Land and culture are dear to the hearts of Northerners, as showcased once again by the winning entries of the second Love the Land photo contest, organized by the NWT branch of the Canadian Parks and Wilderness Society (CPAWS-NWT).
Twelve winning photos will be featured in the 2014 Love the Land calendar, along with an additional dozen runner-ups included as insets.
Erica Janes, conservation outreach coordinator for CPAWS-NWT, said the contest is a way for NWT residents and visitors to express their love of “this place we call home.”
“Love of the land is why CPAWS-NWT does what we do: we work with NWT residents, public and Aboriginal governments, communities and organizations to conserve the land, water and wildlife for current and future generations,” Janes said.
“Being able to share photographic expressions of love of the land is a community-builder, and we and many others really enjoy these little windows into others’ incredible experiences out on the land and water.”
Janes said judges looked for photos depicting people – or evidence of people – out on the land, along with representations of the different seasons, various land-use activities and subject matters. Originality of the shot, as well as technique and composition, were also considered, she said.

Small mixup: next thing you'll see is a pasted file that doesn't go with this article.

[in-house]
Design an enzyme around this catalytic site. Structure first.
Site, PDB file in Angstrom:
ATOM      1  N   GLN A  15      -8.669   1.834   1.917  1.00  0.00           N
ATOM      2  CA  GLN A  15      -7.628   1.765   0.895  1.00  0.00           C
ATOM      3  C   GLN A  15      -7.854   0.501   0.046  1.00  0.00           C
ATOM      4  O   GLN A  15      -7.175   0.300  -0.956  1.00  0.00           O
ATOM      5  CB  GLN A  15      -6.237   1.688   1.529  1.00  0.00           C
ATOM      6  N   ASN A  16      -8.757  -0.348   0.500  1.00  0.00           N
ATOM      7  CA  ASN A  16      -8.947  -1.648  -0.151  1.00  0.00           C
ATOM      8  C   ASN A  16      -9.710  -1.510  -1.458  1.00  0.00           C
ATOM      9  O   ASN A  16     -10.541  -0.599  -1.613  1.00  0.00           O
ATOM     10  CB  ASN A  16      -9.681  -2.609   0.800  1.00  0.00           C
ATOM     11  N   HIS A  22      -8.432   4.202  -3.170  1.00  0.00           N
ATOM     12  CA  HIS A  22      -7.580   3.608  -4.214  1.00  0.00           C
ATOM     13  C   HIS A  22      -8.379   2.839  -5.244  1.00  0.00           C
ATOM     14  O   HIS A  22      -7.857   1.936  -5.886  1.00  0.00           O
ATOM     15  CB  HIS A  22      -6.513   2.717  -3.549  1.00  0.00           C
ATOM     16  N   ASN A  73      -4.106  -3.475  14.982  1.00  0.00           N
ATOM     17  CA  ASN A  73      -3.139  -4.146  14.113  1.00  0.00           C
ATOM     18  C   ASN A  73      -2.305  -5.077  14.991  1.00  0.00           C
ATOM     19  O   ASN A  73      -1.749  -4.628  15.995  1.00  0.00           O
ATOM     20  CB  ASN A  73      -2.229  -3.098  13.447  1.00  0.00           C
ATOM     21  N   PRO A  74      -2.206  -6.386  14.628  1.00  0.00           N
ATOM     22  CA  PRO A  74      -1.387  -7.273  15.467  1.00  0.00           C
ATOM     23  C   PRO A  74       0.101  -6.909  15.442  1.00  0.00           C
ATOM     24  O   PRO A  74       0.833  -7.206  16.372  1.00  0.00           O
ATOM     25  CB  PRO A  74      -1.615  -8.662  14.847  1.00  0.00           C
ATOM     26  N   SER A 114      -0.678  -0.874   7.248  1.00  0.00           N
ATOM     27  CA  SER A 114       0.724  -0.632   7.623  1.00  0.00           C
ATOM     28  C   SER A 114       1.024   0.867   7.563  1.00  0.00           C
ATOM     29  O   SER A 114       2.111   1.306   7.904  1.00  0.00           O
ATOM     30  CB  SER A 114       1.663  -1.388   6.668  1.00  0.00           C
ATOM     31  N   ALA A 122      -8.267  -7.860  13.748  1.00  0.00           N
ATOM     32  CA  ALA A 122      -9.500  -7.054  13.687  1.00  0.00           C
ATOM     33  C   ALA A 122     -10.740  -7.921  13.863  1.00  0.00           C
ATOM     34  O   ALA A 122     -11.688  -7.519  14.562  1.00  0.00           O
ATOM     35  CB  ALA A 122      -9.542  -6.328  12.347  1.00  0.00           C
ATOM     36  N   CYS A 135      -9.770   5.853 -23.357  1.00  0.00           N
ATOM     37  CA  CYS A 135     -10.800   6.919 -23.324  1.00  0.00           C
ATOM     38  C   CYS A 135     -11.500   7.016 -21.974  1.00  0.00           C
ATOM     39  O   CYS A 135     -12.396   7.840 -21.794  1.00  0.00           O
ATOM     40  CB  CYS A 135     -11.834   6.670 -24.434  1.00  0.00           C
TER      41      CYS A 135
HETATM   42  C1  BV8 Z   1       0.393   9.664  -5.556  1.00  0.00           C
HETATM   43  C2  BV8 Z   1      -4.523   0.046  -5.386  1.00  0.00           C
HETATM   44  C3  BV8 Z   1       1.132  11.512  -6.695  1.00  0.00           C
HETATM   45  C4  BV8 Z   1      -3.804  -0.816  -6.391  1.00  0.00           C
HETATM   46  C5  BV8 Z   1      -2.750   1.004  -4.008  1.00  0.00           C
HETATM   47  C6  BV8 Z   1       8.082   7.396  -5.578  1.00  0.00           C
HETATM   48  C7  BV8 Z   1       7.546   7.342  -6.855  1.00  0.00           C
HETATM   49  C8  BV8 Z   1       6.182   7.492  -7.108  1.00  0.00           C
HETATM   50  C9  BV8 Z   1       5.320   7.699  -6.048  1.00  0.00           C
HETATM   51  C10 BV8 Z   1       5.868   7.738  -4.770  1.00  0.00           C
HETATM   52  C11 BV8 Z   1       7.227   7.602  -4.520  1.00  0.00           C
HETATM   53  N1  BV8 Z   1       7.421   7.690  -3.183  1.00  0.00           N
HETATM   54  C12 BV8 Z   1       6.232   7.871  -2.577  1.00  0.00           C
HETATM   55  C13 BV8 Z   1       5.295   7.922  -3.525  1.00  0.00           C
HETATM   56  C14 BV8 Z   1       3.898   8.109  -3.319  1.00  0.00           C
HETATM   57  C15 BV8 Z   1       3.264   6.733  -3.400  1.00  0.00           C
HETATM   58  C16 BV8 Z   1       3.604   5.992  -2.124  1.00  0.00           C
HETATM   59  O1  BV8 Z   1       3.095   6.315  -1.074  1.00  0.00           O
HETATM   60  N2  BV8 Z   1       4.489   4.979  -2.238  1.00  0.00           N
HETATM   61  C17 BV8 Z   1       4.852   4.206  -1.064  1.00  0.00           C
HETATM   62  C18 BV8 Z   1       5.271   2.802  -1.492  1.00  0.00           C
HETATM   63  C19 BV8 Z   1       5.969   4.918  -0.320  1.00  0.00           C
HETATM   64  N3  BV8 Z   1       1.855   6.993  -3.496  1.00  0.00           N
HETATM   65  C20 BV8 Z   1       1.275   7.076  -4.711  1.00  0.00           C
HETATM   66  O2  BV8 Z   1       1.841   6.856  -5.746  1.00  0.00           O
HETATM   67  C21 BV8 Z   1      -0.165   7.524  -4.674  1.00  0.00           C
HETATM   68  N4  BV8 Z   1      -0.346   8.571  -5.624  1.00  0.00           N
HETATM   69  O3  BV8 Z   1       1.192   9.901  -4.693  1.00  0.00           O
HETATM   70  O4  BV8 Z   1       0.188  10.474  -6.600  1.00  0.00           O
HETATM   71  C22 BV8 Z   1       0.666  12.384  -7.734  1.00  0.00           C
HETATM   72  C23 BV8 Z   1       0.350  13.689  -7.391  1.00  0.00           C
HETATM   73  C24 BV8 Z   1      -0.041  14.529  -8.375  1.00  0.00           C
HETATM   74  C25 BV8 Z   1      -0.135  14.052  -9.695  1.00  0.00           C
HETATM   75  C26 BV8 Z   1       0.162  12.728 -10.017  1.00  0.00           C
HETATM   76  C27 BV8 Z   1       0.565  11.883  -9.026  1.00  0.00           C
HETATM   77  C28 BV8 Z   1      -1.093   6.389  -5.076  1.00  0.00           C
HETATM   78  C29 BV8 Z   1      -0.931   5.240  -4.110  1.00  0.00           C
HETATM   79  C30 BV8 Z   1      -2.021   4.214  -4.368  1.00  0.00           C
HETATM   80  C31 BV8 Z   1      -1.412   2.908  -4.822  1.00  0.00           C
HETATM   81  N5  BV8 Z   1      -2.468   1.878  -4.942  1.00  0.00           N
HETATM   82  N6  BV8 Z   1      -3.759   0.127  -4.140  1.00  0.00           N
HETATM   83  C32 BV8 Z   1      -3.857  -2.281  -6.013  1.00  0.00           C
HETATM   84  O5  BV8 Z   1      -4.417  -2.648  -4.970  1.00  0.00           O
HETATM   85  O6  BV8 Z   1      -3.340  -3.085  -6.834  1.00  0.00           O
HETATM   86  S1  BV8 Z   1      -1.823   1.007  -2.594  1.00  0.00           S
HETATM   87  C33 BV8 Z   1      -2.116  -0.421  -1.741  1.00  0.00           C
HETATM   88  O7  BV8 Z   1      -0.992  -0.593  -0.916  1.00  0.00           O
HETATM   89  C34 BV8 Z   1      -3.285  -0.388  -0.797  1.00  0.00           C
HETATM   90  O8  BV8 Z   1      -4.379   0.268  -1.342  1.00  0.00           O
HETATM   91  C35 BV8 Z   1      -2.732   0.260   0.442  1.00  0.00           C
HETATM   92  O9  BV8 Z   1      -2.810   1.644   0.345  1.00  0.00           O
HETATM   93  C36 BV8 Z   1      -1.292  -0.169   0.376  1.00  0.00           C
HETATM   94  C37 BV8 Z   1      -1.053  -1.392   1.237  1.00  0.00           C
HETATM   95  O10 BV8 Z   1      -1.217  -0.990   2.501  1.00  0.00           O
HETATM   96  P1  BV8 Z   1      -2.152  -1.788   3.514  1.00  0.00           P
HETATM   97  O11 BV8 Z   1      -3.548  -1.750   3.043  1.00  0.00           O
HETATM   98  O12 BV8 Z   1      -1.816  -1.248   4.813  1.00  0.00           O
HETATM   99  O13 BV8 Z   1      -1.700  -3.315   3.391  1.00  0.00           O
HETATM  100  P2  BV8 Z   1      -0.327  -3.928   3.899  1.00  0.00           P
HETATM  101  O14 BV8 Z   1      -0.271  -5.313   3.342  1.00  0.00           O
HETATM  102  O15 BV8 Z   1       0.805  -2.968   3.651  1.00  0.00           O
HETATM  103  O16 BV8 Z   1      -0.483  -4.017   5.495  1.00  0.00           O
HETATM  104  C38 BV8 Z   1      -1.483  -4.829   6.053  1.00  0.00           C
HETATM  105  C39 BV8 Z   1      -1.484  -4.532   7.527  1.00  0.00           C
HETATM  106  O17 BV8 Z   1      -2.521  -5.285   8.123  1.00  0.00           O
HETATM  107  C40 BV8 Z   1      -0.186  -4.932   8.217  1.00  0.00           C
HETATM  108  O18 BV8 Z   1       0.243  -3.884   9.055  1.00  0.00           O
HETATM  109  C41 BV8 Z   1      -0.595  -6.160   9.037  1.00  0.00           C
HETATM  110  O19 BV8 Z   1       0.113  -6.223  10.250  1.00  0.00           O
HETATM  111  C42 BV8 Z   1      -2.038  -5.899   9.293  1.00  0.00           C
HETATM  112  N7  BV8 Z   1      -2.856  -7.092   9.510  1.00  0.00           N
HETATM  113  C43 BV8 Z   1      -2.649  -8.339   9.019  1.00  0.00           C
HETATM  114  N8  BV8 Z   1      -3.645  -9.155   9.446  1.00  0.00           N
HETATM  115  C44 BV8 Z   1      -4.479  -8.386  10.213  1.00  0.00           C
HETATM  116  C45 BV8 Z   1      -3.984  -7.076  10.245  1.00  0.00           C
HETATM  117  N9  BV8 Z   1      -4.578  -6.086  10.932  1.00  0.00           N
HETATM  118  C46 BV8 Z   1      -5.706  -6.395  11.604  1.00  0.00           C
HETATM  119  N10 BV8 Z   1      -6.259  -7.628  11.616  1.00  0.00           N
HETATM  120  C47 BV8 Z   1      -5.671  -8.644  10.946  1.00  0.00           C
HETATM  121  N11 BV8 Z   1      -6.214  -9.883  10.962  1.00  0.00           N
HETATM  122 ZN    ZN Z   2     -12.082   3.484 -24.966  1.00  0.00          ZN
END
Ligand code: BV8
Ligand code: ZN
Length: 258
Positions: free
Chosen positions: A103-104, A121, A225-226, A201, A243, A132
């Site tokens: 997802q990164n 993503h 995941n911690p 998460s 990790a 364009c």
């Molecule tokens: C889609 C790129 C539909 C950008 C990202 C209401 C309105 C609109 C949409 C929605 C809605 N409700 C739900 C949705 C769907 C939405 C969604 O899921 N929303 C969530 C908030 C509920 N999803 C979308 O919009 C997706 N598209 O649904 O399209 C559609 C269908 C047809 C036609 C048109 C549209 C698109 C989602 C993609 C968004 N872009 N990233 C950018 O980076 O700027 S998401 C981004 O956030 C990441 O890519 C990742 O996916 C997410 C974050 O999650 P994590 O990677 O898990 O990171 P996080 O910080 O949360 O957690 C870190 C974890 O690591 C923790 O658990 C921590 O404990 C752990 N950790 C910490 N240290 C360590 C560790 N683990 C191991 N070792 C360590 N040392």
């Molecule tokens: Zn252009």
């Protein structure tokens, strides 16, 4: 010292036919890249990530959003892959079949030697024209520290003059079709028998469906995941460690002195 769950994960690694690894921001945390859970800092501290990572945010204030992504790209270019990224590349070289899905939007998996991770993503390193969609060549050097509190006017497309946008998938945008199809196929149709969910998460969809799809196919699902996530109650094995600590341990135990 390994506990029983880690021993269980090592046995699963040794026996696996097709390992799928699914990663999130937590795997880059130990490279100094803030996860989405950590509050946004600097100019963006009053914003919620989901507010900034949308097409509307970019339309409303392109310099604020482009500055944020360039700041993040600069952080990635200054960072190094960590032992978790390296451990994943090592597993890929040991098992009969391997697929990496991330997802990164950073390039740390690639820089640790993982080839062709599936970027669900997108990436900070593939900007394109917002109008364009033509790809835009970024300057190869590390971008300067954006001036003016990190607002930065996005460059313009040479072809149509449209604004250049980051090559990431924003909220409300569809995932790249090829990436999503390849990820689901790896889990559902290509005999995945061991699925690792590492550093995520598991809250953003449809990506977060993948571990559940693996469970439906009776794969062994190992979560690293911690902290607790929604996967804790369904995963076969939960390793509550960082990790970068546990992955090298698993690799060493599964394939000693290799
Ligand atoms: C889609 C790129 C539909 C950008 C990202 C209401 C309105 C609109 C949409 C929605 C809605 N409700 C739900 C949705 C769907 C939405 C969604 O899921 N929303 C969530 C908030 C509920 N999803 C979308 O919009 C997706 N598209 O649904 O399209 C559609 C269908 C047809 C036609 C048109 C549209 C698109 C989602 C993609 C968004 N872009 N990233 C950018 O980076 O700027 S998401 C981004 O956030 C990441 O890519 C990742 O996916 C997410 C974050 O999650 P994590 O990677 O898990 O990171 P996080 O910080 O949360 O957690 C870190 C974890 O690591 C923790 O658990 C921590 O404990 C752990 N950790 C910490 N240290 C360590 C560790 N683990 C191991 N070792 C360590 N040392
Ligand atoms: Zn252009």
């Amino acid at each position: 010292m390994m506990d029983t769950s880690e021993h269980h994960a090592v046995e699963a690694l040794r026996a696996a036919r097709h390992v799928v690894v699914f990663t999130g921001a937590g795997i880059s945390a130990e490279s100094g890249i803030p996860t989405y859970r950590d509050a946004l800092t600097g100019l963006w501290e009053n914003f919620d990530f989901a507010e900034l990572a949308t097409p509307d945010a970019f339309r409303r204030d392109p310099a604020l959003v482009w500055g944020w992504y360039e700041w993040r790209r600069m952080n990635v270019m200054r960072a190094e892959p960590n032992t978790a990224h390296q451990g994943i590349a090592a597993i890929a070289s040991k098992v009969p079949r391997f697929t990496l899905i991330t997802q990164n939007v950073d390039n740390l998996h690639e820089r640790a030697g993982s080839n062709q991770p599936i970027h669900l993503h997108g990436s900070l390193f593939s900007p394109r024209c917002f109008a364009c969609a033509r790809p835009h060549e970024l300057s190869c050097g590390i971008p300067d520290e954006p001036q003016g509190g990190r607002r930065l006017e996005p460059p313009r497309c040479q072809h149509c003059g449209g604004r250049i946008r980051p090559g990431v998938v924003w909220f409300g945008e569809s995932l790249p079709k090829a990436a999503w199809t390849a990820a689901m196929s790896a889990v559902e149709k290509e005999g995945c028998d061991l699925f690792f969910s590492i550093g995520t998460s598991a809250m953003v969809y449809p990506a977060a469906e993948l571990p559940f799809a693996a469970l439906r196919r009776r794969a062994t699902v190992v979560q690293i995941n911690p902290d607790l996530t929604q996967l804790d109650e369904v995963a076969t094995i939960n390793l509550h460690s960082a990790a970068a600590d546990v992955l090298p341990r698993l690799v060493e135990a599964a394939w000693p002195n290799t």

According to Janes, this year saw a greater variety in the entries, something she hopes continues to grow from year to year.
“For this second year of the contest, we received entries from a greater diversity of NWT communities than last year, and entries showing a greater variety of activities on the land, especially traditional activities, which was really exciting to see. We hope that as the contest gains momentum, we’ll receive even more entries, and more variety next year.”
The winning photographers were formally celebrated with prizes from local businesses at a launch event last Thursday evening at Javaroma in Yellowknife, where the choice photos will be on display until Nov. 21.
All proceeds from the calendars, which sell for $15 each, go toward supporting CPAWS-NWT’s conservation work and are available in Yellowknife at the BookCellar, Northern Frontier Visitor Centre and Overlander Sports.